Sure, his discovery of the New World brought untold grief to the native peoples, but if he hadn't set sail, we'd all be walking around in a foreign country saying "Buon giorno" in Rome or "Buenos dias" in Madrid or whatever it is the French have to say when they meet in Paris.
Our granddaughter was out of school sick last week, so we kept her at our house. We helped Karson with her homework, and we told her we knew she had recently drawn a picture of Columbus' three ships for her sixth-grade class.
"What were the ships called?" I asked.
"The Nina, the Santa Maria and ... the, uh ... "
I reached over and held up a pen lying on the table. I figured "pen" would prompt her to remember "Pinta." She had an answer right away.
"No, Columbus didn't sail on the Marker. What else is this called?"
"No, think again. Forget that it's a marker. What else do you call something that writes?"
Her furrowed brow smoothed out instantly.
"A pencil. The Pencilia!"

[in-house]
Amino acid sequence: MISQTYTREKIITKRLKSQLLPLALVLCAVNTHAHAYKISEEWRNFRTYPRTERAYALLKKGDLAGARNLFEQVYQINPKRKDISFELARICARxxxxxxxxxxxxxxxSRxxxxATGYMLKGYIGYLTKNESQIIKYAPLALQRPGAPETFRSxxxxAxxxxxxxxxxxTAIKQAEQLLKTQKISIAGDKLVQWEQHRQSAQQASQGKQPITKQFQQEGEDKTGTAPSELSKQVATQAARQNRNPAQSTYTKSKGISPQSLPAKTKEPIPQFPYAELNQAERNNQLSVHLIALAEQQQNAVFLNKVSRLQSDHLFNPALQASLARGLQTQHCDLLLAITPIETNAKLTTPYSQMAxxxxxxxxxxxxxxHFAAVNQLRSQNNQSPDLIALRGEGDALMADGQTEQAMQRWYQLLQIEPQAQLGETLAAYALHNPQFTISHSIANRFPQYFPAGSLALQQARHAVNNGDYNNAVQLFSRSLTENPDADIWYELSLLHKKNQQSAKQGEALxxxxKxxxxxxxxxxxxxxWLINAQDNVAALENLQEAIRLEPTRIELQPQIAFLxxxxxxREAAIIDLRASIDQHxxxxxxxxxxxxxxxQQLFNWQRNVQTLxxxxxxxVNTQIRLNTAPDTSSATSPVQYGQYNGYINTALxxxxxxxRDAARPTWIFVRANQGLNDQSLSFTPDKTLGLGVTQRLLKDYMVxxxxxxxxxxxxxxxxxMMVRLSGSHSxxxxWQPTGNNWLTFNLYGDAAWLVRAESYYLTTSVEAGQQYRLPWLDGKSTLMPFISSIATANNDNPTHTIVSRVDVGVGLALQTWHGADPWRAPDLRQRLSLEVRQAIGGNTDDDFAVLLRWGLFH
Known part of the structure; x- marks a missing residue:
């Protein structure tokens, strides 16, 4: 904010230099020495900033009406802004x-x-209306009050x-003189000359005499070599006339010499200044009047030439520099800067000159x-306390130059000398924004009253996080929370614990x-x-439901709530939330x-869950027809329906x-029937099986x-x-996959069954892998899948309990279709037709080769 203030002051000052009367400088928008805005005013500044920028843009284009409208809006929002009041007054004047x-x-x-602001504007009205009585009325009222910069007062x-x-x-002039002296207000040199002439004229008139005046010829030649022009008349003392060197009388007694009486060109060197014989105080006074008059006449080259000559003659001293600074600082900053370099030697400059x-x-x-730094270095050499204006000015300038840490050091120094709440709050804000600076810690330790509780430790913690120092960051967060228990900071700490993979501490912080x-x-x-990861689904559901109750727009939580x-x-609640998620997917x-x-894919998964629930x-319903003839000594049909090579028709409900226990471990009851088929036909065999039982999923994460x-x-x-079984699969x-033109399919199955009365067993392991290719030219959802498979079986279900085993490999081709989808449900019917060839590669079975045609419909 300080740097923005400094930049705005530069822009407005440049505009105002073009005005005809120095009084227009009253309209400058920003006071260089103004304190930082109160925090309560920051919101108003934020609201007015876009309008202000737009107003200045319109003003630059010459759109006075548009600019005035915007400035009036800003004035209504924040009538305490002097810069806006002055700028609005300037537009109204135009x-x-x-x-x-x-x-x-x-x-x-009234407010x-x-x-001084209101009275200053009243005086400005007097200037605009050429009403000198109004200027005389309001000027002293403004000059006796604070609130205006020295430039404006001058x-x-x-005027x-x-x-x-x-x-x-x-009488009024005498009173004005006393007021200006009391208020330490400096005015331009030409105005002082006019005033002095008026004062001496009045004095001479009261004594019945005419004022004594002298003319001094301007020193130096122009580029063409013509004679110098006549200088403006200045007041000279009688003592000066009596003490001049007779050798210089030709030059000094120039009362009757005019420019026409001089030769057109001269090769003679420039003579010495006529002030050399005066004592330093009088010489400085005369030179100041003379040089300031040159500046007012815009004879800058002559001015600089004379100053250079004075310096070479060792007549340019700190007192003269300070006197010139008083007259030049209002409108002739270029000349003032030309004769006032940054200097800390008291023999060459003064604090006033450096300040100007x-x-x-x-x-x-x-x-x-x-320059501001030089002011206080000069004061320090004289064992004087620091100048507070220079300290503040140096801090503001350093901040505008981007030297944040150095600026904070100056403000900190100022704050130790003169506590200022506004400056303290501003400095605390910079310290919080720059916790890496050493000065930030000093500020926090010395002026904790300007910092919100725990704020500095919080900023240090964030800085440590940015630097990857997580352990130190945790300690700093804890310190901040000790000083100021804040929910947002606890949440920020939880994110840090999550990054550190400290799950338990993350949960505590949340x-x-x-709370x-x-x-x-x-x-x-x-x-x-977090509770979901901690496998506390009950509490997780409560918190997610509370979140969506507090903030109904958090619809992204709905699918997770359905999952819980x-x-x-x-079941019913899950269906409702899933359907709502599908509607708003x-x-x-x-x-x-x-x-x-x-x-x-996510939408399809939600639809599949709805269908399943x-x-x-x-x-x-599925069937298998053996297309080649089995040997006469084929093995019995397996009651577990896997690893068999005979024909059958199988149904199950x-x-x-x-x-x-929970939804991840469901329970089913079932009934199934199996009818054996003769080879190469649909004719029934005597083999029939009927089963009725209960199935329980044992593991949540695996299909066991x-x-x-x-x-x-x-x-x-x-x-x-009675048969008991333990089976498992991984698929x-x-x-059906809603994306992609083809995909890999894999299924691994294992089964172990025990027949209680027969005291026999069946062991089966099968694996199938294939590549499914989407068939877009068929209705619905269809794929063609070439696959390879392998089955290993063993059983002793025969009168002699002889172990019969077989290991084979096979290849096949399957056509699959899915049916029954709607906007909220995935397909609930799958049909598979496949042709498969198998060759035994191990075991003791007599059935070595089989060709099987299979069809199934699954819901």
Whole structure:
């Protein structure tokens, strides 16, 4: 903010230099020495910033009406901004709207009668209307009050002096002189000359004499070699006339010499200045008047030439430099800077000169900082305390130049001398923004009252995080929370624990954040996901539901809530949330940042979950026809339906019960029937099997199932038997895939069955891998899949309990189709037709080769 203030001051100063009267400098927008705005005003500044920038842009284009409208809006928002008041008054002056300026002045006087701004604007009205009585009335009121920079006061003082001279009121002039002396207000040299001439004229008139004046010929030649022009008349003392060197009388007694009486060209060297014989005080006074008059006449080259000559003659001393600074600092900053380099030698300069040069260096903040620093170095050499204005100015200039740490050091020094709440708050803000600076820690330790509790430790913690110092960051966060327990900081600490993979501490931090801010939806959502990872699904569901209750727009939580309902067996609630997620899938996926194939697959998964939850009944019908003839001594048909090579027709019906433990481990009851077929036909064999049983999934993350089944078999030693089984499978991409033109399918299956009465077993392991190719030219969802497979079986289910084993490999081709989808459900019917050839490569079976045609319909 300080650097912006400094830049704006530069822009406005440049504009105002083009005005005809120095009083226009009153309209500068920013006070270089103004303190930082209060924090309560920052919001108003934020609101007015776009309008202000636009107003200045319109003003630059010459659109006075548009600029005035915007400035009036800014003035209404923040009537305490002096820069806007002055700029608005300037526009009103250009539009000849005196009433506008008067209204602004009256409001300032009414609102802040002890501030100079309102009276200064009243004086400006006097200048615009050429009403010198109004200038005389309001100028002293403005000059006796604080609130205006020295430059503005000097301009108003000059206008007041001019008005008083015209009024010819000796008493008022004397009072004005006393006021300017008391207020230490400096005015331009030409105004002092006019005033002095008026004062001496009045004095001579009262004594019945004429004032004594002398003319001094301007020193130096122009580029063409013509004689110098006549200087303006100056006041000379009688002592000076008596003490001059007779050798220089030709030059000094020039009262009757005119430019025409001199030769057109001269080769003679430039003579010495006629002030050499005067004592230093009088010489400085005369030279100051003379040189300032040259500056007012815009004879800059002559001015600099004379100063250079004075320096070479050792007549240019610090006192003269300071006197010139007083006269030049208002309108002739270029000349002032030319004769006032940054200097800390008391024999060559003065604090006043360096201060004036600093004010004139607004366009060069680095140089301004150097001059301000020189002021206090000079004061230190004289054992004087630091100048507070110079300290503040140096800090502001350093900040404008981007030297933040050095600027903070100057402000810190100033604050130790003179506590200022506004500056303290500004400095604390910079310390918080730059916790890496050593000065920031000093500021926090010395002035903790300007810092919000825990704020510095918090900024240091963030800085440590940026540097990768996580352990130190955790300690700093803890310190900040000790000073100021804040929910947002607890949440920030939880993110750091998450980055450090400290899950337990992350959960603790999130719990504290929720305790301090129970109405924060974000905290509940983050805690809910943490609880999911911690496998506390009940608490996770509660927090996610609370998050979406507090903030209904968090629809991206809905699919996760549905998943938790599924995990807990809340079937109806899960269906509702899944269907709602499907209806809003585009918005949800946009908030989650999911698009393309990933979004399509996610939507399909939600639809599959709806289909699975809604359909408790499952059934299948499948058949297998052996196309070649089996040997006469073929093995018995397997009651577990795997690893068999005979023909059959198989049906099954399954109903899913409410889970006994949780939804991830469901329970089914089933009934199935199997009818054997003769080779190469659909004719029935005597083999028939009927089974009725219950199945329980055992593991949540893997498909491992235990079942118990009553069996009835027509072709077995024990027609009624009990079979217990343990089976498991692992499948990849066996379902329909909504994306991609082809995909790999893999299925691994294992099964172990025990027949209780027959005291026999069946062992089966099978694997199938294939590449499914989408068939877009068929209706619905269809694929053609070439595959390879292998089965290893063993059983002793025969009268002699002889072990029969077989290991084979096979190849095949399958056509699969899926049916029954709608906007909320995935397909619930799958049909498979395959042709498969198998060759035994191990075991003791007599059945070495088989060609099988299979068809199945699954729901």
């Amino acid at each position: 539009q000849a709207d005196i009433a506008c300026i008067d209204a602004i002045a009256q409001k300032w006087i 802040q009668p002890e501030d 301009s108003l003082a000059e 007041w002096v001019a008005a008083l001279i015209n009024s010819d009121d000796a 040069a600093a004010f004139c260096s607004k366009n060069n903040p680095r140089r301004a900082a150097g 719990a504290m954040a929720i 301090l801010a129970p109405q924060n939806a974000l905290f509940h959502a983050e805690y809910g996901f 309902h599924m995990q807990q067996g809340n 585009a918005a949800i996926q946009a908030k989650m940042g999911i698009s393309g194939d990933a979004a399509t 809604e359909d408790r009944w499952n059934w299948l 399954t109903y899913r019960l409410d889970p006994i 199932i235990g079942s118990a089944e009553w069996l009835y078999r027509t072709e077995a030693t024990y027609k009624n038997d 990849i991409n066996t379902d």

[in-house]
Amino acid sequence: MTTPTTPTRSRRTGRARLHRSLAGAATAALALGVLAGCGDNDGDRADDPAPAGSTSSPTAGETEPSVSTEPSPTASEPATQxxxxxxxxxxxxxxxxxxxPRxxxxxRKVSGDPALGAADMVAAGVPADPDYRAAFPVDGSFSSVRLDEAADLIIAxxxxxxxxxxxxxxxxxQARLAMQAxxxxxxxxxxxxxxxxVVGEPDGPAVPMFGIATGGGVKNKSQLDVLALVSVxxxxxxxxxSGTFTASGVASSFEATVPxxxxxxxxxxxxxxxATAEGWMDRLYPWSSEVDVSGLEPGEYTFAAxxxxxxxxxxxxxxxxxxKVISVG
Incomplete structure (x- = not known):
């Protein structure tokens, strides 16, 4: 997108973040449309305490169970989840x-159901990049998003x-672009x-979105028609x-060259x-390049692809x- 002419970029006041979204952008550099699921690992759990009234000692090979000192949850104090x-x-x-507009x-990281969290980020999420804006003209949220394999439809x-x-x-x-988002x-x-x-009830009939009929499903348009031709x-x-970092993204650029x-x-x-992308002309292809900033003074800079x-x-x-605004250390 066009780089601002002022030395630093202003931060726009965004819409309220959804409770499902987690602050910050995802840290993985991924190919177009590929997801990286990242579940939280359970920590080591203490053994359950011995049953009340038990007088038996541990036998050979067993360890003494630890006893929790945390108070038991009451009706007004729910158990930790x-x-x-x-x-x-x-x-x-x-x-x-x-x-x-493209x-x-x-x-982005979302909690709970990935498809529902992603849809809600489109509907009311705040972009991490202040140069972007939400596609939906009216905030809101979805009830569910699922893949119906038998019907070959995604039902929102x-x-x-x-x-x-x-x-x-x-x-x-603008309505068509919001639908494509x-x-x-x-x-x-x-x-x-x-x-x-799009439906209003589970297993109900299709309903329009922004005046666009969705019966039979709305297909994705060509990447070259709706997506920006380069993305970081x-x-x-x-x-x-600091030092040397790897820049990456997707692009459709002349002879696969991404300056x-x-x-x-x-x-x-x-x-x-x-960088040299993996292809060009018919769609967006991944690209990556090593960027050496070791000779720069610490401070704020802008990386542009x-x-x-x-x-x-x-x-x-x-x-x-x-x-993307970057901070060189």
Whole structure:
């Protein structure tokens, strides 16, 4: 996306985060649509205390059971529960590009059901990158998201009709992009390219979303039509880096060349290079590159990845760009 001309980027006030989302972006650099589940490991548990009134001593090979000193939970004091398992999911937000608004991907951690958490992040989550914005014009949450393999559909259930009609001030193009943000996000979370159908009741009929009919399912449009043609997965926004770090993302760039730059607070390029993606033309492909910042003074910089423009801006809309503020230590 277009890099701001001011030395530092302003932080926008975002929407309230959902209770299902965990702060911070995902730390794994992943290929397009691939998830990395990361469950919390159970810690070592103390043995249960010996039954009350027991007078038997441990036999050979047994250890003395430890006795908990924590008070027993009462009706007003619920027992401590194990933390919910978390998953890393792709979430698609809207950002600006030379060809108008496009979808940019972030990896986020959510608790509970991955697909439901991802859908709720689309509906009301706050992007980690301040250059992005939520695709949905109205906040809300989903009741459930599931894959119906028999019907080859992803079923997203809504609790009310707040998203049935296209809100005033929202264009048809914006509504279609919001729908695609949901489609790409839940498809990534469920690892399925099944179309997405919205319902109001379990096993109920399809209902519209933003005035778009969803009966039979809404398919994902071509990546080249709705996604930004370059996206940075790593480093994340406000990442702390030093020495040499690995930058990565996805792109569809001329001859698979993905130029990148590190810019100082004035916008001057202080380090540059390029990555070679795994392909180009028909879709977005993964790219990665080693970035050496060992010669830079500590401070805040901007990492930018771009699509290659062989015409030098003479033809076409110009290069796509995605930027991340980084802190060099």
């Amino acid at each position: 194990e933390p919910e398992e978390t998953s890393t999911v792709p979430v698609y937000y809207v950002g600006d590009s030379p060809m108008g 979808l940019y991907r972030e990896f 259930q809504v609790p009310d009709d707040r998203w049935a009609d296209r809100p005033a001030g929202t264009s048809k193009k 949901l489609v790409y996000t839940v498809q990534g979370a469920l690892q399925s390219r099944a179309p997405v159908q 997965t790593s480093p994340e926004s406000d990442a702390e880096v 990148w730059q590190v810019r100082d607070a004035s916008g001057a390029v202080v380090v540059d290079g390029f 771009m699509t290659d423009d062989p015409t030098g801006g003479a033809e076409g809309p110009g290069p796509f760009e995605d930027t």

"The Pencilia? The Nina, the Pencilia and the Santa Maria? Really?"
She finally got the answer and we went on with her work, which brought up her knowledge of the Civil War, the sinking of the Lusitania during World War I and the concentration camps of World War II.
"Good grief," I said. "That's a lot of information for the sixth grade. What class is this?"
"What is social studies?"
"Really," I said. I remembered back to social studies when I was in grade school, and I never really knew what it meant. We certainly weren't social, and we didn't study it more than any other class.
As the homework continued, I grew to appreciate even more the public schools and the teachers who do the work. I would never want to home-school anyone.
Later, I walked into our office and Karson was working on the computer. It was time to test her retention of the material we had gone over. I picked up a pen from the desk and asked, "Quickly! What ship is this?"
Without hesitation, she blurted out, "Lusitania!"
WISE WORDS: My wife and I were dining in a cafeteria last week when we noticed a family celebrating a birthday at a table across the room. A balloon had "90" written on it.
My wife went over and wished a happy birthday to the woman who was the guest of honor. When she returned, she told me what had happened.
"I asked her whether she had any advice for me," said JoAn, who has a lot of living to do before 90.
"And did she?" I asked.
"She said, 'Do right, and move away from wrong.' "
I thought those were wise words, no matter how many years we are given on this Earth.
Unless, of course, they meant JoAn should move away from me.